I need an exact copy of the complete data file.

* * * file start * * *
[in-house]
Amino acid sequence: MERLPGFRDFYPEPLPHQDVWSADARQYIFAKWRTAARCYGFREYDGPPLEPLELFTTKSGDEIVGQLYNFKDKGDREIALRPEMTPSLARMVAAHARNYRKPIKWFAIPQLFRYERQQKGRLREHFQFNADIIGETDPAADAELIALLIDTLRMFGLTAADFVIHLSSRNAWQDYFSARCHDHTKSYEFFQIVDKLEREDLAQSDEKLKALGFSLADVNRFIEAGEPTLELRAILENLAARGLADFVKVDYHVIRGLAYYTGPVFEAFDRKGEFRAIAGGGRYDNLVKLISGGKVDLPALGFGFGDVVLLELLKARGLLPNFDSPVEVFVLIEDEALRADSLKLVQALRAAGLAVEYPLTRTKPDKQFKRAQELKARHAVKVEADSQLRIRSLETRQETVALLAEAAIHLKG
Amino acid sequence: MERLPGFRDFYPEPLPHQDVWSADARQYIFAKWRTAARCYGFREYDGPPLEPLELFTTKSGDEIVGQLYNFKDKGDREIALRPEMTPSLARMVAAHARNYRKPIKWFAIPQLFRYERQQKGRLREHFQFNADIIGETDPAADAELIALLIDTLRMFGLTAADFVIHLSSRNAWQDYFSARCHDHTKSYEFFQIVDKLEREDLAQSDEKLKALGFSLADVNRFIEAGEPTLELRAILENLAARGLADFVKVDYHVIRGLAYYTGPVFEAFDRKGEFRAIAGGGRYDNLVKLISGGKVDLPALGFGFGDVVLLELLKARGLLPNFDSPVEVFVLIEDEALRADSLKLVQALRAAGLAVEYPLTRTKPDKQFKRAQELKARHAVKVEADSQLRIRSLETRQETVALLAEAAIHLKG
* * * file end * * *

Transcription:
[in-house]
Amino acid sequence: MERLPGFRDFYPEPLPHQDVWSADARQYIFAKWRTAARCYGFREYDGPPLEPLELFTTKSGDEIVGQLYNFKDKGDREIALRPEMTPSLARMVAAHARNYRKPIKWFAIPQLFRYERQQKGRLREHFQFNADIIGETDPAADAELIALLIDTLRMFGLTAADFVIHLSSRNAWQDYFSARCHDHTKSYEFFQIVDKLEREDLAQSDEKLKALGFSLADVNRFIEAGEPTLELRAILENLAARGLADFVKVDYHVIRGLAYYTGPVFEAFDRKGEFRAIAGGGRYDNLVKLISGGKVDLPALGFGFGDVVLLELLKARGLLPNFDSPVEVFVLIEDEALRADSLKLVQALRAAGLAVEYPLTRTKPDKQFKRAQELKARHAVKVEADSQLRIRSLETRQETVALLAEAAIHLKG
Amino acid sequence: MERLPGFRDFYPEPLPHQDVWSADARQYIFAKWRTAARCYGFREYDGPPLEPLELFTTKSGDEIVGQLYNFKDKGDREIALRPEMTPSLARMVAAHARNYRKPIKWFAIPQLFRYERQQKGRLREHFQFNADIIGETDPAADAELIALLIDTLRMFGLTAADFVIHLSSRNAWQDYFSARCHDHTKSYEFFQIVDKLEREDLAQSDEKLKALGFSLADVNRFIEAGEPTLELRAILENLAARGLADFVKVDYHVIRGLAYYTGPVFEAFDRKGEFRAIAGGGRYDNLVKLISGGKVDLPALGFGFGDVVLLELLKARGLLPNFDSPVEVFVLIEDEALRADSLKLVQALRAAGLAVEYPLTRTKPDKQFKRAQELKARHAVKVEADSQLRIRSLETRQETVALLAEAAIHLKG